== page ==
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How to interpret Machine Learning results and models?

Randall Hendricks
Randall HendricksAnswered

Interpreting machine learning models, depending on the techniques or the models used, ranges from a really easy task (e.g., a linear regression model) to a comparatively harder one (e.g., deep learning architectures like BERT). Fortunately, in recent years, there exist a number of tools that facilitate the interpretation of results from machine learning implementations. We have various methods to look at the results and interpretability of the models among them are:
– Feature Importance

– Gradient Visualization

– Grad-CAM
Let’s take a look at different packages and tools that help us in deciphering even deep learning implementations:

1. ELI5

Acronymed from “Explain like I am a 5-year-old,” the outputs from this package are in line with the same. This python-based package has two modes:
a.) Global Interpretation looks through the model parameters and tries to figure out how the model behaves for a given change in its inputs.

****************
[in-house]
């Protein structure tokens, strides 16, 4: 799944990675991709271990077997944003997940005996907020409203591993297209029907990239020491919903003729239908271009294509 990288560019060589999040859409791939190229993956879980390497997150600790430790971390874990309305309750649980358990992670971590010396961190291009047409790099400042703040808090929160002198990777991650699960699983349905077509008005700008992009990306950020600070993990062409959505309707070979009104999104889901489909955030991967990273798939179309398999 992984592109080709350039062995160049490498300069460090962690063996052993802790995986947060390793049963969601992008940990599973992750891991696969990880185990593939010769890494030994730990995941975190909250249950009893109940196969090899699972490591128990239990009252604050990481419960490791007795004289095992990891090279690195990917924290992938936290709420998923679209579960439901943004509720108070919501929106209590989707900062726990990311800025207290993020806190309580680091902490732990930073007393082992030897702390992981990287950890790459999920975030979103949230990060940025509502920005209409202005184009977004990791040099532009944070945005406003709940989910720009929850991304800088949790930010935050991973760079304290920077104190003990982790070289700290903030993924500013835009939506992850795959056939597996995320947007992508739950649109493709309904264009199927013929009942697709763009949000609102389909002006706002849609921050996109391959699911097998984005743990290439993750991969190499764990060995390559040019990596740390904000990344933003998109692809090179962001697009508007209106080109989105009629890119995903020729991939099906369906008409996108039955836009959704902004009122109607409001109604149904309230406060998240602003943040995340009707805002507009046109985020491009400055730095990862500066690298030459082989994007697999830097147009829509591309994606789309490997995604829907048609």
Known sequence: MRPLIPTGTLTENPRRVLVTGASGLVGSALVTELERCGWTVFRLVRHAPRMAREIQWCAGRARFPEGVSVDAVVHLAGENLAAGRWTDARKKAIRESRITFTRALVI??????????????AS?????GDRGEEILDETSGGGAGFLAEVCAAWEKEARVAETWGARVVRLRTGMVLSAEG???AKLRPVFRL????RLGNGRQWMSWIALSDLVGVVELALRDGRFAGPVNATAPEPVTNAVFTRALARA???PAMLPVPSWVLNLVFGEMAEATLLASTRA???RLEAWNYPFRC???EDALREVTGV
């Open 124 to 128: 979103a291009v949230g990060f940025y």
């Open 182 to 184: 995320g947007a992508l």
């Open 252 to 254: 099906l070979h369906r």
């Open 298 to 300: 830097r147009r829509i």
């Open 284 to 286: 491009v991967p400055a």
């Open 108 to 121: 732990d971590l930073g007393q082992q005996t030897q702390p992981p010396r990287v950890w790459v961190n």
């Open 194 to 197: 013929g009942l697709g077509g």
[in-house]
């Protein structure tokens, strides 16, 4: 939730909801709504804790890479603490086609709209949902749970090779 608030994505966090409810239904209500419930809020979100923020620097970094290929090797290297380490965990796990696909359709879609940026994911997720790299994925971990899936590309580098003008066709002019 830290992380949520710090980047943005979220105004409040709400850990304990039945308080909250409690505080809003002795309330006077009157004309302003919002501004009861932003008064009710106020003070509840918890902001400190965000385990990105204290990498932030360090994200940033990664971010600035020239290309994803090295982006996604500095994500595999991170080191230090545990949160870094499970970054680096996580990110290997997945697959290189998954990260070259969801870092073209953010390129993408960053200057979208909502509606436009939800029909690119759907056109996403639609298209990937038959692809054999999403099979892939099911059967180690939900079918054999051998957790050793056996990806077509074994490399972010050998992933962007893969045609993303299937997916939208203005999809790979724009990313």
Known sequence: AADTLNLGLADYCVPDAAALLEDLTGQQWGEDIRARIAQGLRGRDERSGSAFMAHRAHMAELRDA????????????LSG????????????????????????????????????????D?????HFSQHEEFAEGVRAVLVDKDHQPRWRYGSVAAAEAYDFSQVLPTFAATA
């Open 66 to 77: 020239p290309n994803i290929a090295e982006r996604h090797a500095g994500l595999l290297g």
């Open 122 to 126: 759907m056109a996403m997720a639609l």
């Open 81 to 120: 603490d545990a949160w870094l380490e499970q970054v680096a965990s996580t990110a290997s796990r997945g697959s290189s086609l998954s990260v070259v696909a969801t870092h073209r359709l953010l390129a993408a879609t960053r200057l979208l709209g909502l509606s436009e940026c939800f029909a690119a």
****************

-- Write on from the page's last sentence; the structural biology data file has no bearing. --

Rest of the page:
b.) Local interpretation looks at each individual prediction and identifies what features lead to a specific result or output.


Or “Local Interpretable Model-Agnostic Explanations” gives the reasons as to why a specific prediction or result was achieved for a given input. One of the biggest advantages of this is that it is model agnostic, meaning it is capable of interpreting the results of any type of model for you.


Shap uses Shapely Values which are aimed at giving insights into individual results for each given sample. The library is specifically good for making predictions about the results obtained from tree-based algorithms, even taking into consideration dependent features when coming to conclusions or importance scores.

4. Yellowbrick

Yellowbrick is compatible with most of the scikit-learn library-based models and doesn’t require any additional parameters to work with. We can use the same parameters we would for a scikit-learn machine learning model. It makes use of the concept of Visualizers, where we can easily visualize the features in our sample/data from the individual data points.

5. Alibi

Alibi is an open-source implementation that also works on instance-wise (individual data points) explanation of the results. Unlike the other implementations, this one allows us to choose from a different set of available “explainers.” Some of the available explainers are:

–  Anchors

–  CEM

– Kernal SHAP

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